sat 17/04/2021

CD: Orlando Voorn - In My World | reviews, news & interviews

CD: Orlando Voorn - In My World

CD: Orlando Voorn - In My World

Dutch techno veterans still conjuring sci-fi visions

Voorn's past becomes the future

Once upon a time, techno was the future, and Orlando Voorn was right at the heart of building that future. The Dutchman was in early on the late-1980s wave of Detroit electronic production – in which small groups of black Americans surrounded by decaying industry drew the natural link between Kraftwerk and funk, filled themselves with equal quantities of utopian and dystopian visions, and set a blueprint that would irrevocably alter the sound of music worldwide.

Once upon a time, techno was the future, and Orlando Voorn was right at the heart of building that future. The Dutchman was in early on the late-1980s wave of Detroit electronic production – in which small groups of black Americans surrounded by decaying industry drew the natural link between Kraftwerk and funk, filled themselves with equal quantities of utopian and dystopian visions, and set a blueprint that would irrevocably alter the sound of music worldwide. Indeed, he worked with and for many of Detroit's finest, and his tracks were very often some of the most stunningly beautiful of the time.

But now that the future envisaged back then – of automation, virtual reality, global networking and artificial intelligence – is upon us, where does that leave the music? This album is completely of a piece with Voorn's work of the early 1990s: all zinging electronic strings, elegantly pitch-bent melodies, shuffling beats that somehow evoke not feet pounding on a dancefloor but weightlessness and interstellar glide. And, yes, it sounds futuristic. Because the sounds remain untethered from any recognisable quotidian acoustic source – musical, natural, industrial – they don't allow the brain to settle on any standard representation, which allows Voorn to drag you into his imaginative space, which remains gloriously expansive and outside of normal parameters.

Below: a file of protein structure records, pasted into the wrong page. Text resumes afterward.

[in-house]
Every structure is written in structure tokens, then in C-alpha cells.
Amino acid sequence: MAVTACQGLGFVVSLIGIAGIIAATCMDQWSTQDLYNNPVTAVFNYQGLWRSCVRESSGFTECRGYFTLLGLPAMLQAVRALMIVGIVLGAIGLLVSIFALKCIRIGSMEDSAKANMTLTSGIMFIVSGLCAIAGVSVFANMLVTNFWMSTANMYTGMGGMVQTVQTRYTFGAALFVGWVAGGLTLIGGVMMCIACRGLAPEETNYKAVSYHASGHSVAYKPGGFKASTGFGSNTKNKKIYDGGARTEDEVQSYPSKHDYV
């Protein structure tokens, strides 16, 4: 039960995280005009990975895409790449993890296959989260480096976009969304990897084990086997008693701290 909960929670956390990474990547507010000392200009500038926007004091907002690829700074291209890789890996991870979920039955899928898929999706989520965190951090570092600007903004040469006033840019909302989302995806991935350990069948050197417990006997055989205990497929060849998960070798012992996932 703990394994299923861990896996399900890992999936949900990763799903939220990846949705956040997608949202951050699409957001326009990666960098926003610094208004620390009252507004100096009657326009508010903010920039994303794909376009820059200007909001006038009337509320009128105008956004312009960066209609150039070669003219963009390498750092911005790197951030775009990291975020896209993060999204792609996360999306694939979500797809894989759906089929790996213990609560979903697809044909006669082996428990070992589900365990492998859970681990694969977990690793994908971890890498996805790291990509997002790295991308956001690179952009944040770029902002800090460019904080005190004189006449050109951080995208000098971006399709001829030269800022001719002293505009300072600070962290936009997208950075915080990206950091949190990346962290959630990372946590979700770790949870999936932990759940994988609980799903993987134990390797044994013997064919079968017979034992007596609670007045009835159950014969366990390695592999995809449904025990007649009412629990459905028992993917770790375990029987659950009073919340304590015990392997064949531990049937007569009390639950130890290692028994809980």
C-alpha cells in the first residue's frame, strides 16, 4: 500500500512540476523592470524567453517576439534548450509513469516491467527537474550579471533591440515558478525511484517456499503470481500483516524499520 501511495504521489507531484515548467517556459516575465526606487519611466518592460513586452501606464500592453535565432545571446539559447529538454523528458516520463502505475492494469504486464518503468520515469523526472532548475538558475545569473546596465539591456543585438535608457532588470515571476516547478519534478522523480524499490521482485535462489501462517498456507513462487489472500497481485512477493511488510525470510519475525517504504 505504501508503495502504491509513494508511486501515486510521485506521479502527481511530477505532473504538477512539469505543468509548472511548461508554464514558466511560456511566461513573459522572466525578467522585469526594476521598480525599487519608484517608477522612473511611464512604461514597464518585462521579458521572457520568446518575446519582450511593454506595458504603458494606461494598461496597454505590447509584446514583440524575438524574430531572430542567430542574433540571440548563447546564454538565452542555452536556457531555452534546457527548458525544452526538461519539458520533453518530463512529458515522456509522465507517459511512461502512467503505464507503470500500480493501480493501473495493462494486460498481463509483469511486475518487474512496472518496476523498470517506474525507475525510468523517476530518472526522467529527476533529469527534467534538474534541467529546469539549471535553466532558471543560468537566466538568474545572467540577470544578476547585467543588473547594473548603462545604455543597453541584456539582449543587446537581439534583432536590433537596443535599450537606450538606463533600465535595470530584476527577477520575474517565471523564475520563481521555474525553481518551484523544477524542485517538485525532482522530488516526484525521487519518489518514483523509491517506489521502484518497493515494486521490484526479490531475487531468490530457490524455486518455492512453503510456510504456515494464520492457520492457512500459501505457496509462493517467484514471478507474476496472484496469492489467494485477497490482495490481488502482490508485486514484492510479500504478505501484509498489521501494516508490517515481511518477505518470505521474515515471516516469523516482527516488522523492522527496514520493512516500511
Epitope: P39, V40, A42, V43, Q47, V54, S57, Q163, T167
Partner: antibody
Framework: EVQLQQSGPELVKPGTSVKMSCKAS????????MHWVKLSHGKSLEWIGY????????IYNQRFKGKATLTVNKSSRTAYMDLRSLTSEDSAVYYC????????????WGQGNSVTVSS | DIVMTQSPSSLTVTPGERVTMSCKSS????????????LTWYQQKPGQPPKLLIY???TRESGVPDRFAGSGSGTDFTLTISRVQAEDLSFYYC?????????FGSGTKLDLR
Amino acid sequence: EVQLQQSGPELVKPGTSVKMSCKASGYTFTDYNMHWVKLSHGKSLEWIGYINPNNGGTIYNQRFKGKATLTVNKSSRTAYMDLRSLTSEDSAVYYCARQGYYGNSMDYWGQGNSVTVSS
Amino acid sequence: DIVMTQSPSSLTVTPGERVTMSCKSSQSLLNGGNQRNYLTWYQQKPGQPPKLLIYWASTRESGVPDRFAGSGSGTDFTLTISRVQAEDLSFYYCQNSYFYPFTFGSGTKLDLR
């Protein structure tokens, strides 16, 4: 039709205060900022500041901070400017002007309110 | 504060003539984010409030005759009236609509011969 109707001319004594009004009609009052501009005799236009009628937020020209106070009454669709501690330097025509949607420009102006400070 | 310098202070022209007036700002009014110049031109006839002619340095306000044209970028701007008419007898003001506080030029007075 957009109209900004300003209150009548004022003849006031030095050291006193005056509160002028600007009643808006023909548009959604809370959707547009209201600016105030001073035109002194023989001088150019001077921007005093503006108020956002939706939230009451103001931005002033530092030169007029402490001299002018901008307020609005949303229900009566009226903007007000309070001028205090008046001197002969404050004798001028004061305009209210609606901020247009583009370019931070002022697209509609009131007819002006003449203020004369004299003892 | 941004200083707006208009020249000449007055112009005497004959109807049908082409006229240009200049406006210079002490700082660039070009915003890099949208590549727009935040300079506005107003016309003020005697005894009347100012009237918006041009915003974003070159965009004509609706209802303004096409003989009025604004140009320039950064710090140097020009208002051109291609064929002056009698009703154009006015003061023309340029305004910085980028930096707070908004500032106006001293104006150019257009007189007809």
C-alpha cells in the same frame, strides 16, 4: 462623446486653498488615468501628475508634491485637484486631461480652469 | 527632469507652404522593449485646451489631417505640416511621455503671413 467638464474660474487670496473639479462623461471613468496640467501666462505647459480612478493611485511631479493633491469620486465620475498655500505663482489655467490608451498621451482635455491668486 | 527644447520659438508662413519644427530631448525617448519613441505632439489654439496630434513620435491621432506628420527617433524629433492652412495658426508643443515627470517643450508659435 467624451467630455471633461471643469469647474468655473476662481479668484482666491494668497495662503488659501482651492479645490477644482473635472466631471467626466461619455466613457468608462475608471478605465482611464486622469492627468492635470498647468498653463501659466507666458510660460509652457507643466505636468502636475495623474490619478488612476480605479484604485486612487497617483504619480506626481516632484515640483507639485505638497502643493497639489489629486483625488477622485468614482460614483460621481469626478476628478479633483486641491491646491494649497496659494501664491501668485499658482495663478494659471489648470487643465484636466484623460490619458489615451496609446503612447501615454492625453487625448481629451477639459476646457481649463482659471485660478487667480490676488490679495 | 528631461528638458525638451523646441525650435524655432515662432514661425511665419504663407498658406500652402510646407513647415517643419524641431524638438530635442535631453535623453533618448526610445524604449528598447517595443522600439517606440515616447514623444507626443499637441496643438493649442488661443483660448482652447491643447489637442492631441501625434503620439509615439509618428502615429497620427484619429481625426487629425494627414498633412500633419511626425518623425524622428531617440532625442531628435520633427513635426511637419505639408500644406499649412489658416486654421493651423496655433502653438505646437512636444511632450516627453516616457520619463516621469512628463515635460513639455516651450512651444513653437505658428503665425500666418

In 1990, coincidentally just as techno was settling in for the long haul, the film critic Philip French wrote: “nothing dates the past like its impressions of the future.” But what if those impressions end up being woven into our very conception of what “the future” is? Maybe the shock of the new is no longer as strong as it was with electronic music back then, but when you listen to the swirling tribal drums of “Anti Political”, the vertiginous swoops of “Turn Left Right Here”, or the fecund, chattering electro-funk of “The Swamp”, what you're hearing isn't simply the past of music, and it's capable of lifting you well away from the present too.

Listen to the title track of In my World:

Untethered from any recognisable acoustic source, the sounds don't allow the brain to settle on any standard representation

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